If you’ve got more than one car in your driveway, a new car sharing platform could make you up to $10,000 a year if you rent one of your idle cars out.
According to the latest data from the Australian Automobile Association’s (AAA) transport affordability index, the cost of owning and running a car just keeps going up.
The average two-car household reportedly spends more than $20,000 a year on getting around town but if you can afford to get by with just one car, car sharing might just be the way to put more dollars in your pocket.
In capital cities, that figure works out to be $419 a week in Sydney, $373 in Brisbane and $348 in Melbourne but imagine if you could pocket that money yourself without having to do too much.
The peer-to-peer car sharing network, Car Next Door, allows neighbours to rent their car to people around them when they’re not being used — kind of like Airbnb, but for cars, according to Will Davies, co-founder and CEO.
It’s already going great guns in Sydney — car sharing in the capital city is currently outpacing the usually forward thinking San Francisco; with the service available in Melbourne, and most recently, Brisbane.
Further roll outs of the service are expected later this year in a handful of other cities in Australia.
But if you’re wondering about what happens if someone trashes your car and how your insurance plays in to it, don’t worry — they’ve got you covered.
“We’ve got comprehensive insurance that covers anyone driving the car and strict standards that both the car owners and the car borrowers have to meet to become members, and if they don’t stick to the rules, then they’re out,” says Davies.
He explained their strict membership criteria had been central to the budding company’s success, as well as their easy-to-use online booking and payment system, insurance, and high end, in-vehicle technology to make the transaction safe, fast, and hassle-free for both owners and borrowers.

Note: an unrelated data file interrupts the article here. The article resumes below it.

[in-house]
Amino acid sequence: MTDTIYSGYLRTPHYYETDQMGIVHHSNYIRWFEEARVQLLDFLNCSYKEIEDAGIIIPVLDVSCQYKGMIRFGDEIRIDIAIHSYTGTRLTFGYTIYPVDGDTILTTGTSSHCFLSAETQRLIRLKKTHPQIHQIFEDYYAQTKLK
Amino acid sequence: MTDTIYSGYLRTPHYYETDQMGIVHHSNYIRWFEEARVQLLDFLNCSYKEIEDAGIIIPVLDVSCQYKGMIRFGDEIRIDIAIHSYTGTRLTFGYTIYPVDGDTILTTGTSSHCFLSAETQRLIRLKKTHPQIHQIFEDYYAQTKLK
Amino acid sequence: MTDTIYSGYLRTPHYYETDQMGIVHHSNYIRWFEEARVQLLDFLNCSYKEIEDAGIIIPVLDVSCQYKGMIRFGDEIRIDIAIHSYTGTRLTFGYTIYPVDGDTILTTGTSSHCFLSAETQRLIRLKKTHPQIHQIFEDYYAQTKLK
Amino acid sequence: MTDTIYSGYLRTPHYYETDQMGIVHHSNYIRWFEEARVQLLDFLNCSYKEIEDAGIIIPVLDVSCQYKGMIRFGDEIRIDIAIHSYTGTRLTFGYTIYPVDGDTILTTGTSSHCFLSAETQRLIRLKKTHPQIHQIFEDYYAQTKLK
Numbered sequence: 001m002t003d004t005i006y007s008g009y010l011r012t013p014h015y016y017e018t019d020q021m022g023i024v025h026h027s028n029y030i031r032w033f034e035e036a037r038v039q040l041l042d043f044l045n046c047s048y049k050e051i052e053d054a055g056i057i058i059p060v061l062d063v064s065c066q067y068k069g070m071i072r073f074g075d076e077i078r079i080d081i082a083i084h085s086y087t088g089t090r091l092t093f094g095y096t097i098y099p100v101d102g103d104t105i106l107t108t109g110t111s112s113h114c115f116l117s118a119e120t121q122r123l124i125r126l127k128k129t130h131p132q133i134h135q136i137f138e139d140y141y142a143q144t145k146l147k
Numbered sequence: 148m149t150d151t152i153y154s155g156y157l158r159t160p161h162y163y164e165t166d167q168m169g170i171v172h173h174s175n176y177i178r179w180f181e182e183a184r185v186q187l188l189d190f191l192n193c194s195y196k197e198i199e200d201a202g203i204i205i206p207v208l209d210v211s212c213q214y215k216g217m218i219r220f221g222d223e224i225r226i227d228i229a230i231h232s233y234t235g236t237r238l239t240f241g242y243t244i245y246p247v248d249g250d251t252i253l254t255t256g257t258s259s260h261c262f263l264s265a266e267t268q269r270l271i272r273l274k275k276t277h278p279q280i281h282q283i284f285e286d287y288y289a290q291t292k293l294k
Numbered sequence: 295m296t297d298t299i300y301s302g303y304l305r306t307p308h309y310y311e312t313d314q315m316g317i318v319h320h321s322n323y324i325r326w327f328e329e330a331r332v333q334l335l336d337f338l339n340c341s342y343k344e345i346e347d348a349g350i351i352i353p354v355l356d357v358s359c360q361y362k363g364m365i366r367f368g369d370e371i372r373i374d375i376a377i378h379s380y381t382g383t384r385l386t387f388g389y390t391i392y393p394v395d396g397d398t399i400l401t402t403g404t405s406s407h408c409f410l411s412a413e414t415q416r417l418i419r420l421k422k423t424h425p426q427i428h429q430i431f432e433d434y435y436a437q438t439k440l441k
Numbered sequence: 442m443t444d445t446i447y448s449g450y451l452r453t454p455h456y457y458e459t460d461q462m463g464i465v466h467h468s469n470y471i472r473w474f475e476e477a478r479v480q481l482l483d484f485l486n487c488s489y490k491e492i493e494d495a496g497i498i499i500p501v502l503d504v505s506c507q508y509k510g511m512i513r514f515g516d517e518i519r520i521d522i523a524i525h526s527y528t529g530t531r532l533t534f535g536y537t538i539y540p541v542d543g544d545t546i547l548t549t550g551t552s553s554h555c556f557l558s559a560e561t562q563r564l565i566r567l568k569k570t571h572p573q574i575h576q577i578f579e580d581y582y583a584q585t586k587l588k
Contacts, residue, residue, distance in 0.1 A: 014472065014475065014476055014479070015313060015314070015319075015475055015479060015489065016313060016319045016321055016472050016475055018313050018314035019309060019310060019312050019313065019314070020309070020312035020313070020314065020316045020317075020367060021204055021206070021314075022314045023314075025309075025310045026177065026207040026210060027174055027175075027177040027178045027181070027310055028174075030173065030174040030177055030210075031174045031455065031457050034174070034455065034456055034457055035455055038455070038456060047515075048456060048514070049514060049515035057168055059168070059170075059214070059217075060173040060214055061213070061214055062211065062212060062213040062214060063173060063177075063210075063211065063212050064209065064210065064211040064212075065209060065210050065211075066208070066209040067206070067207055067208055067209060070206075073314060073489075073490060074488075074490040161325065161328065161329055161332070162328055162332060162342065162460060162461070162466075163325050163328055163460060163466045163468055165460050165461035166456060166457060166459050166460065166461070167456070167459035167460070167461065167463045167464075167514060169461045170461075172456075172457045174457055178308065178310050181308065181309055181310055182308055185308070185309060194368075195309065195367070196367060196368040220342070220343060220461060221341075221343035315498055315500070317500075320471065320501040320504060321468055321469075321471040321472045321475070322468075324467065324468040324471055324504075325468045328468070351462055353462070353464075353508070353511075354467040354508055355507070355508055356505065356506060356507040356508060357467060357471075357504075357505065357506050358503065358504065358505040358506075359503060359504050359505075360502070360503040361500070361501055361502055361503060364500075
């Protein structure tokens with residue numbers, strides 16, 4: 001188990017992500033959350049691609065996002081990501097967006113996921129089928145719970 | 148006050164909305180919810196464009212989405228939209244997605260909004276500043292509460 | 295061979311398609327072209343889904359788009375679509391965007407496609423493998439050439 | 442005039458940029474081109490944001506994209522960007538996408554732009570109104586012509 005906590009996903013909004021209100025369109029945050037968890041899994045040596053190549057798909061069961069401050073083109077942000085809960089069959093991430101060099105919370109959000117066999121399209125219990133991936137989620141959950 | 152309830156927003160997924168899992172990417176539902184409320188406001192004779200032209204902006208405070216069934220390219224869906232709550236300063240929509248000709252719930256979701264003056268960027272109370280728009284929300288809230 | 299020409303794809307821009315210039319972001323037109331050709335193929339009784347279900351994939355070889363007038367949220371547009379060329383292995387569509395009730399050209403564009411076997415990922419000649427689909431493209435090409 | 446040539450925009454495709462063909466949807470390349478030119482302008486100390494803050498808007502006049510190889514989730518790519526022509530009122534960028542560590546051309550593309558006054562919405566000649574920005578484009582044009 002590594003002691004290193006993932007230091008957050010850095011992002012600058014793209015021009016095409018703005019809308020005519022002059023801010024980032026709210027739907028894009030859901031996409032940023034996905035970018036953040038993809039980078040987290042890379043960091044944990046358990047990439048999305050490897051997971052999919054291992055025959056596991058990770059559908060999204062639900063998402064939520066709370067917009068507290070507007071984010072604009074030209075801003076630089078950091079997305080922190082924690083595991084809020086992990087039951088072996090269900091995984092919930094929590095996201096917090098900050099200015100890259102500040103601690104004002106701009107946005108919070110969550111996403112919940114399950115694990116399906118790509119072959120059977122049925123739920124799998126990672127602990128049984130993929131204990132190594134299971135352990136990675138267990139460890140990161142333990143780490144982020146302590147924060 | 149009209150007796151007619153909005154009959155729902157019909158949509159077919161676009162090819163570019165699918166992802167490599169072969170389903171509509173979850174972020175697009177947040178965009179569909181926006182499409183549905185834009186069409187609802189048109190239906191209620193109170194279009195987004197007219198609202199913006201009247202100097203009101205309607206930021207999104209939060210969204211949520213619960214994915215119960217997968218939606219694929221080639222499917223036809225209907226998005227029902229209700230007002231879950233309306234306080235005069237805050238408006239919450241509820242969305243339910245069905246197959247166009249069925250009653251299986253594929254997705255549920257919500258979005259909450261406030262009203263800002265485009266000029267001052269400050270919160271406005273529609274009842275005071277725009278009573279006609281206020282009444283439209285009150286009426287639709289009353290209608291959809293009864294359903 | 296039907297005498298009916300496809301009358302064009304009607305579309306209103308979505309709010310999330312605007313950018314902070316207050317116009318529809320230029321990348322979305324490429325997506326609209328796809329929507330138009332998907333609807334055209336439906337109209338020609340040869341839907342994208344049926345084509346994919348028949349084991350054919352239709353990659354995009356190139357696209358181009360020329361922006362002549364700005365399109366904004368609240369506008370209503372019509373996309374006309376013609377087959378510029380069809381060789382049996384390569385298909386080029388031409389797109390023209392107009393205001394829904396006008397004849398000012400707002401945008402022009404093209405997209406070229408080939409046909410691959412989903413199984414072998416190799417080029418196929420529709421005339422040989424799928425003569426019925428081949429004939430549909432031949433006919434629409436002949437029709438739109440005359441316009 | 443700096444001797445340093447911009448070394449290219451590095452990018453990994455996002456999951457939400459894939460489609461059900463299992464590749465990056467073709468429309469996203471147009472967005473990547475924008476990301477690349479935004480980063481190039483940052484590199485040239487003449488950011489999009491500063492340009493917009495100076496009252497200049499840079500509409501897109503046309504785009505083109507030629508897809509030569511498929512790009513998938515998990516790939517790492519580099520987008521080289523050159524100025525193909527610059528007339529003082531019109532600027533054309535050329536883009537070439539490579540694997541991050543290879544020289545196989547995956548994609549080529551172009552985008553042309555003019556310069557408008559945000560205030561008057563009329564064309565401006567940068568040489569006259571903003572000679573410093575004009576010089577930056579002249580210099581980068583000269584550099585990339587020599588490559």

Davies says he came up with the car sharing idea while he was living in Bondi Beach — one of the country’s most densely populated areas.
He noticed car sharing companies were bringing vehicles in to the area, while at the same time, hundreds of inactive cars sat around all day.
“We have people walking away with $10,000 a year in their hand by renting their car out to neighbours through our platform,” he says.
“Recent studies have shown that cars are parked for 95 per cent of the time. The current model of car ownership is crazy – it’s costly and wasteful.”
To date, more than 11,000 Aussies have signed up for the car sharing network and while it’s nowhere near the 14 million vehicles currently registered, it’s a start.
“Cars are one of the biggest expenses we have and when you look at all the outgoings like registration, fuel, insurance and tolls they quickly become a huge financial burden,” Davies says.
“What we’re finding is a lot of people are leasing out their second car to offset [these] costs.”
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